You can’t get a better story of redemption than this one. Phil’s actions take him from the most suicidal low possible to the highest of emotional heights. After just composing our tribute to Roger Ebert, it’s nice to know that Ebert placed this movie on his list of “Great Movies”. The film was also added to the United States National Film Registry for being “culturally, historically, and aesthetically significant.”

You can hardly get higher praise than that. Groundhog Day is an example of how heroes set the standard for our ideal behavior. Phil had to start out immensely flawed in order to become someone we would recognize as iconicly good.

This is Bill Murray’s greatest role and finest performance in the movies. The movie employs a unique premise to teach us that whatever our flaws or circumstances, we can redeem ourselves. It’s one of the best movies, and best heroes, of the 1990s. And that’s why we place it in our Hero Hall of Fame.

1 Comment

  1. This was a very interesting dissection of Groundhog Day. Not being a big fan of Bill Murray, I’ve never bothered to watch it, but I can now see the story’s merits. Not just the idea of redemption, which is wonderful on its own, and not even just the idea of helping people, which is obviously a great thing, but the idea of learning about people and getting to know them as individuals. Redemption through empathy.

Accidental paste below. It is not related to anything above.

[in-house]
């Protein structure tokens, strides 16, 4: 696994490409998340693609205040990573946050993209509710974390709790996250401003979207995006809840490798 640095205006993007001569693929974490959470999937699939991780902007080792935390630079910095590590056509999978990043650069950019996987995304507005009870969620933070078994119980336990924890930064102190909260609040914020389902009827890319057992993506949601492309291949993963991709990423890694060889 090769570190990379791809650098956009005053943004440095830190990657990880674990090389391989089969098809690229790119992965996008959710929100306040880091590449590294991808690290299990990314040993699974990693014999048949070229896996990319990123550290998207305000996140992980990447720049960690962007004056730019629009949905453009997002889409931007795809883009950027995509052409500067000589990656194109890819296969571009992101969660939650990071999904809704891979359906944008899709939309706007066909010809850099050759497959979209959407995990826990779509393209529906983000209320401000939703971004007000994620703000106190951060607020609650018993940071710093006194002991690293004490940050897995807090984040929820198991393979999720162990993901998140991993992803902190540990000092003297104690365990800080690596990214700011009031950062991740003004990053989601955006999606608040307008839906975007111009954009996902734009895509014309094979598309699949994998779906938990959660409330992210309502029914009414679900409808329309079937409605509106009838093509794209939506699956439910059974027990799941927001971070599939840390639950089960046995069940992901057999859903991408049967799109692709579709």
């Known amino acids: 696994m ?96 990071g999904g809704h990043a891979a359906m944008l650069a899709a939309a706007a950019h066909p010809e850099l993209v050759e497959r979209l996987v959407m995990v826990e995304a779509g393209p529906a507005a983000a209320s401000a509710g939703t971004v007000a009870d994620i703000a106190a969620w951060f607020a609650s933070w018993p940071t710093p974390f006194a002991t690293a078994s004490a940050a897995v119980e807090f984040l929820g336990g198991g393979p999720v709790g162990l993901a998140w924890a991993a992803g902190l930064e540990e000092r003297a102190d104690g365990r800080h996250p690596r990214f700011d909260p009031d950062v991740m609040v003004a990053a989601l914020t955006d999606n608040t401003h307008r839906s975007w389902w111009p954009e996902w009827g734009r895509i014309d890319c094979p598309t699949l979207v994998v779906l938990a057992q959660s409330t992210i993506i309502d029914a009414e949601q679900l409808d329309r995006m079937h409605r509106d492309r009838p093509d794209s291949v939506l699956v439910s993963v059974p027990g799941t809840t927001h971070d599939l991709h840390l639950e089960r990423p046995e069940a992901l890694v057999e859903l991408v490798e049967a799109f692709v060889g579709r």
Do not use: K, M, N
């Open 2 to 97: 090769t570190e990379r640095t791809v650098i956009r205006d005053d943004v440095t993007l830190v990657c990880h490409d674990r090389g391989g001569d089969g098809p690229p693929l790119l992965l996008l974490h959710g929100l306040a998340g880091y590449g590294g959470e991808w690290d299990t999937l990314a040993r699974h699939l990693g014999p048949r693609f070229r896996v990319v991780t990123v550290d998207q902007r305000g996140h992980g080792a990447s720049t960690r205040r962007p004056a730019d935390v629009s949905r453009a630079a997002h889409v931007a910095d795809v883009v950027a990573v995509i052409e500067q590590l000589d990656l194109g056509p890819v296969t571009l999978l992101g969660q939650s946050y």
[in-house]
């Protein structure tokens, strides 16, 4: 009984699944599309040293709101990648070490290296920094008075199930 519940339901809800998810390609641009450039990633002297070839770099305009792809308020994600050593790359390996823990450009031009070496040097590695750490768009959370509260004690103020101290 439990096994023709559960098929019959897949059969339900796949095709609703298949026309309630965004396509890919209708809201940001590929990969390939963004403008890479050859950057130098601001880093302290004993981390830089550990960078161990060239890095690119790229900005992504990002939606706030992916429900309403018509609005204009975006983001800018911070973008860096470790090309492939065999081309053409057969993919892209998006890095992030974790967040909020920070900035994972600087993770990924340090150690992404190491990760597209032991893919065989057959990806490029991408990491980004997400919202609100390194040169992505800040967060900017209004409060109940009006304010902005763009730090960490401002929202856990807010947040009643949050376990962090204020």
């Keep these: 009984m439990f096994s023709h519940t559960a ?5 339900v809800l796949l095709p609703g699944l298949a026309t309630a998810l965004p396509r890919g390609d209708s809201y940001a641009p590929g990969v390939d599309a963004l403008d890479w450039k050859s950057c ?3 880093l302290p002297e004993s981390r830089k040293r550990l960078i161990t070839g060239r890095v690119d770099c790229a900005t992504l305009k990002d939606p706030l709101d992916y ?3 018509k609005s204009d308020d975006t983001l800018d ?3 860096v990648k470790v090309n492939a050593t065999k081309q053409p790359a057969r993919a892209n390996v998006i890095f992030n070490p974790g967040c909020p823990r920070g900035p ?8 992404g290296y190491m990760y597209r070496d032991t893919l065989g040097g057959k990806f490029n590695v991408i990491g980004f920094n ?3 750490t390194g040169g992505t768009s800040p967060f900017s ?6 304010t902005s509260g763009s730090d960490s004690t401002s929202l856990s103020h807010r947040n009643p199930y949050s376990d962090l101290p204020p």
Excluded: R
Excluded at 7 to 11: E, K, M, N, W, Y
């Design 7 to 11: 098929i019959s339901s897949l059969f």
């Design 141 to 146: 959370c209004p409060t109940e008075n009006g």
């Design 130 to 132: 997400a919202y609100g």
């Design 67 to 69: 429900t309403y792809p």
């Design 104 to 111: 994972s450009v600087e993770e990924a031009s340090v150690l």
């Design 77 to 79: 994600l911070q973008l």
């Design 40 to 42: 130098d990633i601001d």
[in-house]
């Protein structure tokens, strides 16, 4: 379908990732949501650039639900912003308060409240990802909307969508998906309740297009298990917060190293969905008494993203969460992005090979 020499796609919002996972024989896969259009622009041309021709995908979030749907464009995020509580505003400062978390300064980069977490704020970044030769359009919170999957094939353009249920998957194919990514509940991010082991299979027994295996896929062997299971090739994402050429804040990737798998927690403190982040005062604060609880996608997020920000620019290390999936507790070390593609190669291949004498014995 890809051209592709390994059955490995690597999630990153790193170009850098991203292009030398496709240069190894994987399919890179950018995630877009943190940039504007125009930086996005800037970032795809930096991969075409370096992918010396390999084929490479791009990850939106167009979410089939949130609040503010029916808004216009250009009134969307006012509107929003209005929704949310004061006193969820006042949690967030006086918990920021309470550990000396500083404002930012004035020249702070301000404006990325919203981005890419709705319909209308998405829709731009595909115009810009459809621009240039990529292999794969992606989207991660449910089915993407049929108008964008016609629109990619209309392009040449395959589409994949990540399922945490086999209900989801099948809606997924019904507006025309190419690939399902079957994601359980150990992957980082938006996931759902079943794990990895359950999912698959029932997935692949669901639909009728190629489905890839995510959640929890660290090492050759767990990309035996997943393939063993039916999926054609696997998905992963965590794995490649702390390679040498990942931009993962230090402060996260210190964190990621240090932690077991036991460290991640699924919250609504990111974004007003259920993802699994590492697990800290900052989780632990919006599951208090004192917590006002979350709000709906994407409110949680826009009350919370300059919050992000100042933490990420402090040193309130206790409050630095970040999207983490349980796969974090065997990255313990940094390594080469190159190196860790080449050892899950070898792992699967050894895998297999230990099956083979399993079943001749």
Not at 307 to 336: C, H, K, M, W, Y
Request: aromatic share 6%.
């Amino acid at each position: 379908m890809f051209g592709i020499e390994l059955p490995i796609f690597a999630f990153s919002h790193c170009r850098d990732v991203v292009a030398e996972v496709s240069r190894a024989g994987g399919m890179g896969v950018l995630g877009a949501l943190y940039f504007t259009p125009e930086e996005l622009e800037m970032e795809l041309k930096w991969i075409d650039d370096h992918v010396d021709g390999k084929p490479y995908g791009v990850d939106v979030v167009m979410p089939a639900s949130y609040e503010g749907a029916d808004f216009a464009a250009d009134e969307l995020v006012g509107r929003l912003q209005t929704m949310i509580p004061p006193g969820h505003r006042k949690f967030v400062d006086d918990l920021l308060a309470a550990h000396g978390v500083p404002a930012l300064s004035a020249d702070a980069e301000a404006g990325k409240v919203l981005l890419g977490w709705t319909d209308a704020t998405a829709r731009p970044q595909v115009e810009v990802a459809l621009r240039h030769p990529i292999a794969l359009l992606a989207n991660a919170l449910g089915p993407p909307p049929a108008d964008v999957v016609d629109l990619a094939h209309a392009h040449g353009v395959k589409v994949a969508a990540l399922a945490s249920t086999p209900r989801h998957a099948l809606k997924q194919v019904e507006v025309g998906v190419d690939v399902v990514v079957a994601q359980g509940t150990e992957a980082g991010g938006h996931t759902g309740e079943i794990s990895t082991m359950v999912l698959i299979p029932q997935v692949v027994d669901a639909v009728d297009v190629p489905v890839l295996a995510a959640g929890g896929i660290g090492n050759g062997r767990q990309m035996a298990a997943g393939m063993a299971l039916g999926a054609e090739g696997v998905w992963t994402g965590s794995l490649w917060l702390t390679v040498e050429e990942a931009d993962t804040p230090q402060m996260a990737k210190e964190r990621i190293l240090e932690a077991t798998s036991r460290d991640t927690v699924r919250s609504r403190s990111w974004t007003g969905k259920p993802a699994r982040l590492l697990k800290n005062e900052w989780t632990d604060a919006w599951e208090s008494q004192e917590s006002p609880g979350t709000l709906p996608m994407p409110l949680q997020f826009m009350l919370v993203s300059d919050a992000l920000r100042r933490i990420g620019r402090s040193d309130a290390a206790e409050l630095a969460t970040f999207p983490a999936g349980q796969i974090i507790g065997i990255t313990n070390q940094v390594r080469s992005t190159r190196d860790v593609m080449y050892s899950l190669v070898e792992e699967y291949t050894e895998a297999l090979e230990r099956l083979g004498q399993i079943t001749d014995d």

The one thing that made me laugh, though, was that the hero was freed from the Groundhog Day curse by spending a “chaste night of slumber” with his girlfriend. I wonder if the audience in this country will ever stop seeing sex as something dirty. Maybe we need a movie to teach them that. 😀